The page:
Today, I was scrolling through my photos and I stopped here…
I thought to myself, remember this?
The answer, if I’m being completely honest, is not really. As I watch Brayden run around making tractor sounds and playing with his new toy truck, it’s hard to fathom that baby is this baby. I watched it happen with my own two eyes, and yet I still can’t believe it. I know that parents have these thoughts when their children start kindergarten, graduate high school, or get married. But to be in such disbelief about my baby growing up when he’s only 16-months old is a bit surprising. I can see why it would be hard to remember your child as a newborn when he’s standing on a podium receiving a diploma 18-years later. But how could I have forgotten so many little moments like these already? After less than a year-and-a-half, I should be able to look at that picture and feel warmth on my chest in the place he was snuggled. But I can’t. It is such a distant memory that I can barely believe it happened at all. Maybe I was really THAT tired. Or perhaps, from a parental perspective, the stages of early childhood are just too short for the monumental changes that take place. It seems that, just when I figure things out, Brayden undergoes some fundamental change. It is a continuous learning process where my own adaptation is just barely on pace with his growth and development. Routines evolve before they are even established so that the details quickly blend together. It’s a phenomenon that I will soon be experiencing all over again.
The very idea of having another little love in my life astounds me. I suppose I thought that reflecting on Brayden’s first months would make what lies ahead with Baby 2 more tangible. That seeing him as an infant would remind me of what I have to expect, to look forward to. That maybe it could prepare me in some way. I mean it was only just yesterday. Wasn’t it? Apparently not. In baby days, it was an eternity ago. Basically, just because I already have one baby doesn’t mean I’m not going to feel anxious about having another.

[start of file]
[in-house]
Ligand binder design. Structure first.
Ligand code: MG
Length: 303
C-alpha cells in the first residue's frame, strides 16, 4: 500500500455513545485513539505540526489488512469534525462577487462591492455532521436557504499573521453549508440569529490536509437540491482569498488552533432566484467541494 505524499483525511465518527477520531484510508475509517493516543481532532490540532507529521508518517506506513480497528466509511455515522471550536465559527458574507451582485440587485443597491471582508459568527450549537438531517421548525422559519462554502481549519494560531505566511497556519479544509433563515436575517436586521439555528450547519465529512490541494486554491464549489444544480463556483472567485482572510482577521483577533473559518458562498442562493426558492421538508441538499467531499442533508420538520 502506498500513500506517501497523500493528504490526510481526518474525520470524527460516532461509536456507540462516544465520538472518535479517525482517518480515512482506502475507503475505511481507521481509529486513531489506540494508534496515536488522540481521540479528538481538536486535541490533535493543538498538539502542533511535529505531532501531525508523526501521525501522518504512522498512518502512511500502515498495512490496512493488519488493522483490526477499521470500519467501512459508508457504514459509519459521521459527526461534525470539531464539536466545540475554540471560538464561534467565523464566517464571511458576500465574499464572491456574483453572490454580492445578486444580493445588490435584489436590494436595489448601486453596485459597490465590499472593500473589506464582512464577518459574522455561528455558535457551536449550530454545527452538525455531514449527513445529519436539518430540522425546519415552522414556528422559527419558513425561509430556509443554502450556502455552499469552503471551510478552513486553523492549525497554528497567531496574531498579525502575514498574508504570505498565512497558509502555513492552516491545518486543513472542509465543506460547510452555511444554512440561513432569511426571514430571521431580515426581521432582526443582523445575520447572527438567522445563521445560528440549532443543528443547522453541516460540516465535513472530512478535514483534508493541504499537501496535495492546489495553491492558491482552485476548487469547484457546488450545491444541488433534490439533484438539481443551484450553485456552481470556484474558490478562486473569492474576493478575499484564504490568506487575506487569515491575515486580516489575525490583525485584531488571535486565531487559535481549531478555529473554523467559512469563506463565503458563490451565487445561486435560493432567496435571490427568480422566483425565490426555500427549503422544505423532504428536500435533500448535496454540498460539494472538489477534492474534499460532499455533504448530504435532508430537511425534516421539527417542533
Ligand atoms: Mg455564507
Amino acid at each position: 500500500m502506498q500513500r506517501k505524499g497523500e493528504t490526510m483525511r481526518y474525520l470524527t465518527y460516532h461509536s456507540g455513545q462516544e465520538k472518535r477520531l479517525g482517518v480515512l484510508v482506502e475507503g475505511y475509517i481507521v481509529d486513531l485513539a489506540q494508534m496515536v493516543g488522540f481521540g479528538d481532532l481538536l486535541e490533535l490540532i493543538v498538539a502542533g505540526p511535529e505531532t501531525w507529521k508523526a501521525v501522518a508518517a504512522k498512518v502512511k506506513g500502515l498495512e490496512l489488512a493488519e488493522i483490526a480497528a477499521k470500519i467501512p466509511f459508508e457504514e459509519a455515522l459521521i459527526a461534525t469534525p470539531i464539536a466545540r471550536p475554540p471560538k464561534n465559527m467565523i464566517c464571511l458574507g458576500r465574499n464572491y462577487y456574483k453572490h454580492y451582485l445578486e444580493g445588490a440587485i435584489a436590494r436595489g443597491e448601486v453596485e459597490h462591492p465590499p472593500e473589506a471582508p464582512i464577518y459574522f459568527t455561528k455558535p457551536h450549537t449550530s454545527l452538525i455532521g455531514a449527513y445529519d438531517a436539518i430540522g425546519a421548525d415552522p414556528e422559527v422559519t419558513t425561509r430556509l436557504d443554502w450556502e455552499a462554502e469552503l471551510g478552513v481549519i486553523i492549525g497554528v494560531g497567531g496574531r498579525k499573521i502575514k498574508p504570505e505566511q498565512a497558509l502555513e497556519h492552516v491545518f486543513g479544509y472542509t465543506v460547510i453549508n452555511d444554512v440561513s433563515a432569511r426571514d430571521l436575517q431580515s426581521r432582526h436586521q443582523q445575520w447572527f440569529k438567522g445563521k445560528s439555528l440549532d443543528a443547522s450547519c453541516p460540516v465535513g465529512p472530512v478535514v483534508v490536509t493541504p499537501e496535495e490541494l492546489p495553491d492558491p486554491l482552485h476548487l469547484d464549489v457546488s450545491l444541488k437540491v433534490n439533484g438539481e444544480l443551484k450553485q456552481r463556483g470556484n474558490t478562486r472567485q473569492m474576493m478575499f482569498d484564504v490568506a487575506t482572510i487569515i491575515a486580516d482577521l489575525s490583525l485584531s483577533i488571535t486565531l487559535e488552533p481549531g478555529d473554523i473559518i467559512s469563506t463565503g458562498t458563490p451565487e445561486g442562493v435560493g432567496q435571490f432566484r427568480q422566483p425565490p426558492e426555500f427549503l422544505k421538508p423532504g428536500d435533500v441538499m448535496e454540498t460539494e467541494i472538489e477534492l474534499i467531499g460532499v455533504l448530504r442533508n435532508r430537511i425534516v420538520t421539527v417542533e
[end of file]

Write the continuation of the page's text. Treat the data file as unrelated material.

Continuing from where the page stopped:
Needless to say, looking at pictures of Brayden’s newbornhood didn’t have the effect I was looking for. It didn’t leave me thinking “Oh, I remember that. No worries about number two. It’ll be like riding a bike”. It didn't prepare me for having a new baby, especially when I have another slightly older one running around, threatening chaos at every turn.
Though my picture perusal process didn’t necessarily inspire the comforting feelings of familiarity that I expected, it served one purpose other than to remind me of Brayden's adorableness: It offered a compelling reminder of how fast time goes. And maybe that’s the only preparation I need: The understanding that in two months, I will be holding a new baby. A baby that, 16-months later, I will hardly believe existed. Whose older brother will seem another light-year away from than the tractor-bearing little man he is now. So while I am battling through exhaustion and the trials that come along with being a mother, I don’t have to feel guilty if I’m not “enjoying every little moment”. (Because, let’s face it, some mommy moments just aren’t enjoyable.) I can, however embrace the fact that those moments of frustration or self-doubt will dissipate. Very quickly. Together with the love and cuddles, they blend into nothing more than a strong sense that something wonderful happened. And I am so excited that it will be happening all over again.